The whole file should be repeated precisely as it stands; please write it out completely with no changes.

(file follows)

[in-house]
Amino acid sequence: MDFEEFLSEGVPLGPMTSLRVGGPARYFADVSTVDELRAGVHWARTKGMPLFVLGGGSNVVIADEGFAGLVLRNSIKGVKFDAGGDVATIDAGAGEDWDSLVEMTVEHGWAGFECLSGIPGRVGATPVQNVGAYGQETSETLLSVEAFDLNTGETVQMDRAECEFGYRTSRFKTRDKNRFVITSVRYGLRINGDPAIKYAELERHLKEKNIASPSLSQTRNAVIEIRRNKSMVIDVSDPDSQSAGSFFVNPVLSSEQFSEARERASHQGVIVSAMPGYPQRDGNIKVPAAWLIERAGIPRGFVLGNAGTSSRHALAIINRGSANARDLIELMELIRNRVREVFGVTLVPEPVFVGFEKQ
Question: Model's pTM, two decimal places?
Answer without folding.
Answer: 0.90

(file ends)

[in-house]
Amino acid sequence: MDFEEFLSEGVPLGPMTSLRVGGPARYFADVSTVDELRAGVHWARTKGMPLFVLGGGSNVVIADEGFAGLVLRNSIKGVKFDAGGDVATIDAGAGEDWDSLVEMTVEHGWAGFECLSGIPGRVGATPVQNVGAYGQETSETLLSVEAFDLNTGETVQMDRAECEFGYRTSRFKTRDKNRFVITSVRYGLRINGDPAIKYAELERHLKEKNIASPSLSQTRNAVIEIRRNKSMVIDVSDPDSQSAGSFFVNPVLSSEQFSEARERASHQGVIVSAMPGYPQRDGNIKVPAAWLIERAGIPRGFVLGNAGTSSRHALAIINRGSANARDLIELMELIRNRVREVFGVTLVPEPVFVGFEKQ
Question: Model's pTM, two decimal places?
Answer without folding.
Answer: 0.90